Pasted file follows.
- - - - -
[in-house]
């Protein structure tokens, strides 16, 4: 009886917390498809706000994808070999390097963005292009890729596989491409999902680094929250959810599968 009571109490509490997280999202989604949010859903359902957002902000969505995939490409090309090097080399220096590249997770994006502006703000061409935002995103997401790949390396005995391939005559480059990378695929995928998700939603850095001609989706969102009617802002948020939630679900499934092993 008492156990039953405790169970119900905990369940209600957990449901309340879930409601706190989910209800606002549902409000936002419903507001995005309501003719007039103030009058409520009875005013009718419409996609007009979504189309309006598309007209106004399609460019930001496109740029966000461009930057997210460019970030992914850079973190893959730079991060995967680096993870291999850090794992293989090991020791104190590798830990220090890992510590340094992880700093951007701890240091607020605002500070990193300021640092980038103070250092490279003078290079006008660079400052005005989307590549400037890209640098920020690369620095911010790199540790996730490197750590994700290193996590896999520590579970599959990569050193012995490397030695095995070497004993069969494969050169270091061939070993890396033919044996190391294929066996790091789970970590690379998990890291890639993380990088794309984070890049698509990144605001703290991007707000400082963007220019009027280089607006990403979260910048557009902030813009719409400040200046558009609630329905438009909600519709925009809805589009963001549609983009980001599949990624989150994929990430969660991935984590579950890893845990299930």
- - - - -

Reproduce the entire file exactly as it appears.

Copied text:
[in-house]
């Protein structure tokens, strides 16, 4: 009886917390498809706000994808070999390097963005292009890729596989491409999902680094929250959810599968 009571109490509490997280999202989604949010859903359902957002902000969505995939490409090309090097080399220096590249997770994006502006703000061409935002995103997401790949390396005995391939005559480059990378695929995928998700939603850095001609989706969102009617802002948020939630679900499934092993 008492156990039953405790169970119900905990369940209600957990449901309340879930409601706190989910209800606002549902409000936002419903507001995005309501003719007039103030009058409520009875005013009718419409996609007009979504189309309006598309007209106004399609460019930001496109740029966000461009930057997210460019970030992914850079973190893959730079991060995967680096993870291999850090794992293989090991020791104190590798830990220090890992510590340094992880700093951007701890240091607020605002500070990193300021640092980038103070250092490279003078290079006008660079400052005005989307590549400037890209640098920020690369620095911010790199540790996730490197750590994700290193996590896999520590579970599959990569050193012995490397030695095995070497004993069969494969050169270091061939070993890396033919044996190391294929066996790091789970970590690379998990890291890639993380990088794309984070890049698509990144605001703290991007707000400082963007220019009027280089607006990403979260910048557009902030813009719409400040200046558009609630329905438009909600519709925009809805589009963001549609983009980001599949990624989150994929990430969660991935984590579950890893845990299930």